A good piercing studio will pierce your ear with a needle and a small tube. For a forward helix, they will clamp the area first, slide the needle through, and put the jewellery into the tube thread, sliding it in and screwing the ball on tightly so it doesn’t fall out. The piercer should mark the dot on your ear and allow you to check the position before they pierce you.

Lastly, don’t allow a friend or someone to pierce you at home or in their home “studio,” even if the equipment was labelled as sterile. Chances are it has only been washed with alcohol or boiled rather than properly sterilised. You can never be sure whether it is truly sterile or not, especially if it came through the post. Even if something has been cleaned beforehand, nowhere will be as clean as a professional, licensed studio.

Pain

This is difficult to answer because it’s so subjective. All of us have different pain thresholds, so something that hurts your mates, might not even make you flinch. Generally, any ear piercing will hurt because you’re essentially putting a hole through your skin (it would be weird if it didn’t) so at the very least you should expect some kind of discomfort no matter what.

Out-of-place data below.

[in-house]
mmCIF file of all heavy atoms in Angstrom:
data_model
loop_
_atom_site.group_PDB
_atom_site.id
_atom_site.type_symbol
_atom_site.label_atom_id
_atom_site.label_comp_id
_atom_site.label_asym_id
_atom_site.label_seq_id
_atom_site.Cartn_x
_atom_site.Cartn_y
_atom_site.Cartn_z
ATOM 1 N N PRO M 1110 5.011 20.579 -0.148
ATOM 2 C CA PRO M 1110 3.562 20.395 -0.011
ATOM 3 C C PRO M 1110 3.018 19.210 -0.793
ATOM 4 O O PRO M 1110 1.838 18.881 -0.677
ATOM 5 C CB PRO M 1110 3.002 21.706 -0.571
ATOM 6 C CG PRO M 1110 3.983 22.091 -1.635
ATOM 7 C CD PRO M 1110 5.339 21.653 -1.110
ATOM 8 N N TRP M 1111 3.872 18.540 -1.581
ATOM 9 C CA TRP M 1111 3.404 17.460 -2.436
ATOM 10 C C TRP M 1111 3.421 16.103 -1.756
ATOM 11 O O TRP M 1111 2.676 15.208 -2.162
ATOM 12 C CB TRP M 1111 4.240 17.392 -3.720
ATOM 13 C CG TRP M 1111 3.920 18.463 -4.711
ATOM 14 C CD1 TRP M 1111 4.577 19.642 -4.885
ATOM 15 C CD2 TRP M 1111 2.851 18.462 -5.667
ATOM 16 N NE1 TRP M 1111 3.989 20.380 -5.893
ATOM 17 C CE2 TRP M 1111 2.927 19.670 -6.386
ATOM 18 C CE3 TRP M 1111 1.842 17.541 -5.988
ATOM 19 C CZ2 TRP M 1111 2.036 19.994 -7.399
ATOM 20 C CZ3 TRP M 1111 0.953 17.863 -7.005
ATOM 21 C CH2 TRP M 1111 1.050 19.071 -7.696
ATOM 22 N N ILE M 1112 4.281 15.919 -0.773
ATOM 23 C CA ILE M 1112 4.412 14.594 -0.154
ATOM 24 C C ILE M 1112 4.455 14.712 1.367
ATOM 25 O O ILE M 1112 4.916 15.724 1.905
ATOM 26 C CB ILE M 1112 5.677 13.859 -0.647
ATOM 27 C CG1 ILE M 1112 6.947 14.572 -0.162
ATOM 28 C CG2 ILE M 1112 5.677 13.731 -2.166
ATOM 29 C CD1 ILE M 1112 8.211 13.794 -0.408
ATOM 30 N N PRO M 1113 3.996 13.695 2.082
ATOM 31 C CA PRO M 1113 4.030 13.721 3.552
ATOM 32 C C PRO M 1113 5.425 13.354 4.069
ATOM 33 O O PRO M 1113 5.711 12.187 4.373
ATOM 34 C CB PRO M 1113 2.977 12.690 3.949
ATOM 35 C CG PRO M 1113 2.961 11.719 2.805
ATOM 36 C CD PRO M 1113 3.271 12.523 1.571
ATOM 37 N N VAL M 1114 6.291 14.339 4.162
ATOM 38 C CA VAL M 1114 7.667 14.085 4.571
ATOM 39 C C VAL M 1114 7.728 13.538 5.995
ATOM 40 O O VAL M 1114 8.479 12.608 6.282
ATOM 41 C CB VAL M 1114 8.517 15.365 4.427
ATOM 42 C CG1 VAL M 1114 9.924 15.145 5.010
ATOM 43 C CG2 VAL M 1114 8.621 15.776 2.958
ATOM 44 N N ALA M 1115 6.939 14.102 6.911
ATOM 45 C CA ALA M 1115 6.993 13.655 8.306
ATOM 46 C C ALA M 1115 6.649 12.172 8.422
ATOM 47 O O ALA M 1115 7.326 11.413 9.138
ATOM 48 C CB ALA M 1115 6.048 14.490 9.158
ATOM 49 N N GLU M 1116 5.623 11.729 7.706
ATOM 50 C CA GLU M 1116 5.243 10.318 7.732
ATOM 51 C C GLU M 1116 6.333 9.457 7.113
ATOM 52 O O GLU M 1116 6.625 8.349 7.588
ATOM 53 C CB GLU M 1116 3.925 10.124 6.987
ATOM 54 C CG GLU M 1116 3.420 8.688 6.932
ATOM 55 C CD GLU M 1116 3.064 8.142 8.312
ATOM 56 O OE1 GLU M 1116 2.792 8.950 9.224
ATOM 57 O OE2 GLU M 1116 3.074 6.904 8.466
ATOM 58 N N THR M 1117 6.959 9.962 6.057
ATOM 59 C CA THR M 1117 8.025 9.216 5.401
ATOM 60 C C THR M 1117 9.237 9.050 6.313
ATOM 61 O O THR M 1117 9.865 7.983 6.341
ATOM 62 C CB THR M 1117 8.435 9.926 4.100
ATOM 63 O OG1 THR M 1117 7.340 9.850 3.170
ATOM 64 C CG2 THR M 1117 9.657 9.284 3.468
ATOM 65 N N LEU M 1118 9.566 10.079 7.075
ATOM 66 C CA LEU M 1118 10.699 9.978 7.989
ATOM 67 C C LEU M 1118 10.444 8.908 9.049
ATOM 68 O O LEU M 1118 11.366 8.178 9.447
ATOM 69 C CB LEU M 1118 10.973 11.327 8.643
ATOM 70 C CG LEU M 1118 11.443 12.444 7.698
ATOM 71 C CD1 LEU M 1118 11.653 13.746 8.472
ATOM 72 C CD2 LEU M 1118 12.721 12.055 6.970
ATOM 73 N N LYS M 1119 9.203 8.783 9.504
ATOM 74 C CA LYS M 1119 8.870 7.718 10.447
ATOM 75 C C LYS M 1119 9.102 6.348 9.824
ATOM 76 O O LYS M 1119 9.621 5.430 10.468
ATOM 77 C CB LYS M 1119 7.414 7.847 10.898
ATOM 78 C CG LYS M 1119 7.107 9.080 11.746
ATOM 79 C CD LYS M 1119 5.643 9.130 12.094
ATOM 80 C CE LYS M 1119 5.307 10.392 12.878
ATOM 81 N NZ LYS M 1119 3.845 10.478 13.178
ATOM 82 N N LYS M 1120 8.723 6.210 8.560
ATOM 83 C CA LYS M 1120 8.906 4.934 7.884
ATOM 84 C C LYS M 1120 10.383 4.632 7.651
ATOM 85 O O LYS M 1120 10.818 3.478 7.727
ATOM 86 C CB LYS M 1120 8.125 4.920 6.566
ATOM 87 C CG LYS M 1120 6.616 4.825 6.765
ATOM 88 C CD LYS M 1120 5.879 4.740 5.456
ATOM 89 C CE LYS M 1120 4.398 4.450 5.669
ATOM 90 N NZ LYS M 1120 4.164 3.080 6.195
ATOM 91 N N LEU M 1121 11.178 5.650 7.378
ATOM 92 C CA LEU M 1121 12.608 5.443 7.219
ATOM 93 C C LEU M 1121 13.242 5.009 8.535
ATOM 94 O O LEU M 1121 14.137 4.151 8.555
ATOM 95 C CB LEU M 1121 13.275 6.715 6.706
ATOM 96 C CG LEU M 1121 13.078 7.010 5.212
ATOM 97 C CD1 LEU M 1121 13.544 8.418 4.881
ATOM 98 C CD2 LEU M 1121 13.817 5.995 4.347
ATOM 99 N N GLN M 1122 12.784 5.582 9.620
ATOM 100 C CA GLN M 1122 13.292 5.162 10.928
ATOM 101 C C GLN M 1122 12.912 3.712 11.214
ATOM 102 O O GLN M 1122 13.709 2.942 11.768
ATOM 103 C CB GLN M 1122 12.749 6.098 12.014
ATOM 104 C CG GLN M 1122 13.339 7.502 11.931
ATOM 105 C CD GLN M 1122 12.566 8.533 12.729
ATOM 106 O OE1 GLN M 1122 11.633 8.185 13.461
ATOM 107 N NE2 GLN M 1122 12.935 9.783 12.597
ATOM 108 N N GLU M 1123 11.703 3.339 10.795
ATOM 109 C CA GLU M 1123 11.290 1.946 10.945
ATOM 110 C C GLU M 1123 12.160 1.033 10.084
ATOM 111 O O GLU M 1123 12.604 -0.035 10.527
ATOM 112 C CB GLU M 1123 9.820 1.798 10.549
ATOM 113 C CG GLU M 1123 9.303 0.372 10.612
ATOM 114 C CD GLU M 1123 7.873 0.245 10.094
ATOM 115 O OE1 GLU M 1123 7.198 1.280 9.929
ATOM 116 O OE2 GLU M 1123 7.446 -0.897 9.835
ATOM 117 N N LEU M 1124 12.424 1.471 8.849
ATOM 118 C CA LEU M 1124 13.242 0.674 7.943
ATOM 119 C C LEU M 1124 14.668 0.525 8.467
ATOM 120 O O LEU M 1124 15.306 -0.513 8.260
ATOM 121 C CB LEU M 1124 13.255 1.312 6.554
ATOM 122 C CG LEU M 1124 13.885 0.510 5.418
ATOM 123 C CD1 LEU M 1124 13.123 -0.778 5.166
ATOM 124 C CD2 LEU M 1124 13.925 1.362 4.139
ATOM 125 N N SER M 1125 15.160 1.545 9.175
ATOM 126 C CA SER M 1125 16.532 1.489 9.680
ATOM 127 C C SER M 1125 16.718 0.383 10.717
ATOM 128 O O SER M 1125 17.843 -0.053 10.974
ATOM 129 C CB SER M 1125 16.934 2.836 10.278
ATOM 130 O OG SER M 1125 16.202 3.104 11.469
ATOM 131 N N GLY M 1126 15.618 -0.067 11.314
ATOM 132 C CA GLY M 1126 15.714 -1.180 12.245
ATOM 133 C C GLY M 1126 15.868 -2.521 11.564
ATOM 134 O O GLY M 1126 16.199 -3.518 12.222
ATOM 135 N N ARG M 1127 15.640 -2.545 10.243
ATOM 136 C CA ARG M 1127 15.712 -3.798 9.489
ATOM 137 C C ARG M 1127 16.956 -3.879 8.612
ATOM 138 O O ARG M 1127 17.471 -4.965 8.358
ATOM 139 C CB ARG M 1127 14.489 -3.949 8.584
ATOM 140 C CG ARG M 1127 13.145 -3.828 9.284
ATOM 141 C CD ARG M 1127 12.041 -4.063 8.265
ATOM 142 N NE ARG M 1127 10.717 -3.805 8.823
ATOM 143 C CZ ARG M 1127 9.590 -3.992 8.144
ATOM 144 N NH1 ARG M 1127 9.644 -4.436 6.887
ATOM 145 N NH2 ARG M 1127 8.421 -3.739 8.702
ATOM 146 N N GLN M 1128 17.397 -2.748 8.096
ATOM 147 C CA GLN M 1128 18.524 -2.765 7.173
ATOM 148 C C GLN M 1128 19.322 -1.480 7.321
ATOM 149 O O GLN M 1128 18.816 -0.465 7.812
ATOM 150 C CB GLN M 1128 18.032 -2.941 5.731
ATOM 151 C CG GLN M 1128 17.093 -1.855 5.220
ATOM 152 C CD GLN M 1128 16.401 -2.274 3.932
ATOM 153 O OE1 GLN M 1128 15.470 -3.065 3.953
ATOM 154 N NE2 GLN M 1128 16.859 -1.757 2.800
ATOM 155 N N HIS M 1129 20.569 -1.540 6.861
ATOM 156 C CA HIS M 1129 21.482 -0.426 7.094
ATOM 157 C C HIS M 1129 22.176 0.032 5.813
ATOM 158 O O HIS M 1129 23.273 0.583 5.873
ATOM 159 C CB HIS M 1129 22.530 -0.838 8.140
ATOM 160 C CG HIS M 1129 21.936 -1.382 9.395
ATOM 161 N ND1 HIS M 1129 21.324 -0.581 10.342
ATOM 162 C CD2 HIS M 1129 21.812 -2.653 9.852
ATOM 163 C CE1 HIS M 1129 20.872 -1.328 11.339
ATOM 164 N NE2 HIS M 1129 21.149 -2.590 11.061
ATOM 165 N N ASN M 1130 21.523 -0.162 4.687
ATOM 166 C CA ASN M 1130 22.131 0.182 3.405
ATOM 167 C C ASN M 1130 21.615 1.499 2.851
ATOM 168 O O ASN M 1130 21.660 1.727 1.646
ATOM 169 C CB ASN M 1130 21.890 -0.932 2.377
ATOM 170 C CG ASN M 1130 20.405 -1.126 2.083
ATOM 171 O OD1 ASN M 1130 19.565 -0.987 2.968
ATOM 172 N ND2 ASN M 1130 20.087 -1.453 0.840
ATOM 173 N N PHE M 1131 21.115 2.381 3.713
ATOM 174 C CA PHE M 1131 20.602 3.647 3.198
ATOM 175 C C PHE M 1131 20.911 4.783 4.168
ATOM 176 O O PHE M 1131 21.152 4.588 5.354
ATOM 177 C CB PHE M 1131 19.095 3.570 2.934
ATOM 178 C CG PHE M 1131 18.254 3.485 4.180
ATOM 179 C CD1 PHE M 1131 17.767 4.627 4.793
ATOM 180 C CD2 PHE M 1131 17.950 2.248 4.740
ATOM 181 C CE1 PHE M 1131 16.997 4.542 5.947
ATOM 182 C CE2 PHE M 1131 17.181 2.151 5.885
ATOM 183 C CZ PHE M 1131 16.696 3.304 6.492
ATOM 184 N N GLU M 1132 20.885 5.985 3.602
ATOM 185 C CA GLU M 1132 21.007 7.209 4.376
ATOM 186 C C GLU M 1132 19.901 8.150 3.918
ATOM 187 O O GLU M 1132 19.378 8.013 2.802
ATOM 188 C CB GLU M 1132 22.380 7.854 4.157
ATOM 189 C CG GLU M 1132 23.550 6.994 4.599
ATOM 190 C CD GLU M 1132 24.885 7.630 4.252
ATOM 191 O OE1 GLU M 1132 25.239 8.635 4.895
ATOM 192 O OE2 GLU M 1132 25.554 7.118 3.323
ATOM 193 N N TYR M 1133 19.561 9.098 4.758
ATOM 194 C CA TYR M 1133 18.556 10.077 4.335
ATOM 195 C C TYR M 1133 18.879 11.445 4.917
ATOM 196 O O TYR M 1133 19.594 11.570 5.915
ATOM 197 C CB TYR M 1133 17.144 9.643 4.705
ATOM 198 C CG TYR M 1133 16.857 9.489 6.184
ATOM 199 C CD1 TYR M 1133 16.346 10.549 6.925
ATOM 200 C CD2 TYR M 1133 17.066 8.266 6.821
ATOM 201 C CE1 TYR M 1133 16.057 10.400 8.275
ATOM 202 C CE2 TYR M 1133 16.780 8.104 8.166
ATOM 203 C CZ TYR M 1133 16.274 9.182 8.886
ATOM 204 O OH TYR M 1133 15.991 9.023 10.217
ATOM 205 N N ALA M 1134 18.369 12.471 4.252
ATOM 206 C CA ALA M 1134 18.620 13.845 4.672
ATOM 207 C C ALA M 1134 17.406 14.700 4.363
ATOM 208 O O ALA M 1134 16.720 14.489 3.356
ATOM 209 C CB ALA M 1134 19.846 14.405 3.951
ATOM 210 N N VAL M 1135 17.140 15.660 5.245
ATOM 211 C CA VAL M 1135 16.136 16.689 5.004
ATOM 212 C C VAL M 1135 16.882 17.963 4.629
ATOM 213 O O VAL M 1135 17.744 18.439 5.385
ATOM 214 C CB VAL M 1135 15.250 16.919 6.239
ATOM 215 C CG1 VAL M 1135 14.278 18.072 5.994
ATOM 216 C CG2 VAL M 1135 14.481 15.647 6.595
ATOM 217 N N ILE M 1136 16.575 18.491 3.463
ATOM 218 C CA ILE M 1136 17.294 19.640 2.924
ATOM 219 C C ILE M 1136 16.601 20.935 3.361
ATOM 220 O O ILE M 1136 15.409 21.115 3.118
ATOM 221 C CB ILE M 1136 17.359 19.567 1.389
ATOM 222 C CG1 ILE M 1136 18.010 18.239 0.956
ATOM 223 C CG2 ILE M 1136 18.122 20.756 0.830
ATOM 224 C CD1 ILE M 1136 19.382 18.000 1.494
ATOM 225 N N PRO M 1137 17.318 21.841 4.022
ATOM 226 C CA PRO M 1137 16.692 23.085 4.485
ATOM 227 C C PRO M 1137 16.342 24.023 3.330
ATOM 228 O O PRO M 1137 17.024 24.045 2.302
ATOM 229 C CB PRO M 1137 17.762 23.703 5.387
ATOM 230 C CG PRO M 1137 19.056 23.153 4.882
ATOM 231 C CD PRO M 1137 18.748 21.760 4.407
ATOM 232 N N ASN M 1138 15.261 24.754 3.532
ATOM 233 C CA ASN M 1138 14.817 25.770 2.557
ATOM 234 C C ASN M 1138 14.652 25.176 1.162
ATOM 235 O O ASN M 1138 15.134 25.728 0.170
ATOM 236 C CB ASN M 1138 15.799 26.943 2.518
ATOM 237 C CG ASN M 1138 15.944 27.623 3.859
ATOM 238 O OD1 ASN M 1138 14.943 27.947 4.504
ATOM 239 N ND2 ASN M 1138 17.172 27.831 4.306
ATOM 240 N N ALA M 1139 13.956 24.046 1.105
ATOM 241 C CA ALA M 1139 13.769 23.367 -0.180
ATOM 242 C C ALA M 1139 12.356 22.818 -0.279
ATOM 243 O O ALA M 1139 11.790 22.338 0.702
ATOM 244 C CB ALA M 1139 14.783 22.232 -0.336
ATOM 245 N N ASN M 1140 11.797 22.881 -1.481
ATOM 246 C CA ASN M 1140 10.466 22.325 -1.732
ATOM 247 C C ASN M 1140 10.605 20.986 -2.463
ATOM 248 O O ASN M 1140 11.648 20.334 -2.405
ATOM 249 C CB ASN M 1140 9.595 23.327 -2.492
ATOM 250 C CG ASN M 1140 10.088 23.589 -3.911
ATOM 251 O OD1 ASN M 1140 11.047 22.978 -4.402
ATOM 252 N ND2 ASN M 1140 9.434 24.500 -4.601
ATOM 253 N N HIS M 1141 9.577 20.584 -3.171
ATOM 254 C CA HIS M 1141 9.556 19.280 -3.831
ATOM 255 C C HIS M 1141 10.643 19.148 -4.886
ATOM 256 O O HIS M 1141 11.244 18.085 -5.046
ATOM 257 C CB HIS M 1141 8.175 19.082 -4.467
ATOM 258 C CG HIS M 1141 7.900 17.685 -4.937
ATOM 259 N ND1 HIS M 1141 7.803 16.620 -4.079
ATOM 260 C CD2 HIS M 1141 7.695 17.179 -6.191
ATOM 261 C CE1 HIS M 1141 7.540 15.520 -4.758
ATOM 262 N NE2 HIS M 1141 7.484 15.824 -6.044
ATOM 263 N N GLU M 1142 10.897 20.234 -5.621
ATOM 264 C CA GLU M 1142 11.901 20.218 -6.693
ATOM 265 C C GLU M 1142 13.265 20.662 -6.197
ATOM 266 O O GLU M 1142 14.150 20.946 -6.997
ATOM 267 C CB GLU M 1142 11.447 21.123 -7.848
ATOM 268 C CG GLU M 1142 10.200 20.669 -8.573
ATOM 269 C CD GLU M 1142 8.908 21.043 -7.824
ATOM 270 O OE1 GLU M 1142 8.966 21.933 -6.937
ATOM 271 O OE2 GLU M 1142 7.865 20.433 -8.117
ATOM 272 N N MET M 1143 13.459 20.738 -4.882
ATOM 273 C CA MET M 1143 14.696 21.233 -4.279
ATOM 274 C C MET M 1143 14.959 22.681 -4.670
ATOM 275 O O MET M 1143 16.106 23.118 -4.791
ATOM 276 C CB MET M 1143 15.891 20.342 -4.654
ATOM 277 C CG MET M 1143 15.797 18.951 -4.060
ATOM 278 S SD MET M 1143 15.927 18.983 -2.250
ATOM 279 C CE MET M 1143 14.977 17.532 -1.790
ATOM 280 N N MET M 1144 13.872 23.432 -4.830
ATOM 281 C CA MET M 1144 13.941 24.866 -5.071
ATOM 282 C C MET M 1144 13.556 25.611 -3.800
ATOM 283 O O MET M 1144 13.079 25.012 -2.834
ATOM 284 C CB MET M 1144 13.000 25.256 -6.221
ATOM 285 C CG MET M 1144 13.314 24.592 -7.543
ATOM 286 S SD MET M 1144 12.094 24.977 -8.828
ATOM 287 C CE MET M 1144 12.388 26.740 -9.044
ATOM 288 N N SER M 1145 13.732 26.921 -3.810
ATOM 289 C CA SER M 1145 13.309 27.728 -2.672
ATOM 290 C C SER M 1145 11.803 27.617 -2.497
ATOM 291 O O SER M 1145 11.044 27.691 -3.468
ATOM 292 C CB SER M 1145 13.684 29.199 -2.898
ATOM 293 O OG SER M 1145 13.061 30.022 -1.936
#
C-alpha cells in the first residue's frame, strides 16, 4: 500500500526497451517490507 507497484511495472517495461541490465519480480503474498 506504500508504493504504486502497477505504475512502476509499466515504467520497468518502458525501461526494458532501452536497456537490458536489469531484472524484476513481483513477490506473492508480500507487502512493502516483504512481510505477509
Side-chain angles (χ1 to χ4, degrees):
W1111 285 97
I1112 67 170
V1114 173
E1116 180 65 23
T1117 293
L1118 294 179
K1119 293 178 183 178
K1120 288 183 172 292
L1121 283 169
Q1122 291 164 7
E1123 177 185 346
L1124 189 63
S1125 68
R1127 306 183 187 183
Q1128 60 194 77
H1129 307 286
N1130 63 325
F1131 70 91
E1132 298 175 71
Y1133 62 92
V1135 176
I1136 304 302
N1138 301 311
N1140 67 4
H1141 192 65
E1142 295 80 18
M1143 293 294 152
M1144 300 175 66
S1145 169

Different parts of the ear are bound to hurt more than others because the flesh varies. The ear lobe is generally considered the least painful piercing whereas cartilage piercings – like the rook, septum, nose, daith etc, will usually be more painful because it’s tougher.

Plus there are not many nerve endings as there would be on your regular skin. That’s what makes helix piercing not painful. The best practice before getting pierced is actually to be familiar with the procedure, and not to freak out about it. Nothing is painful if you don’t over think about pain all the time. The procedure is only a couple of minutes long and the pain is actually only a couple of seconds while the piercer is making the hole.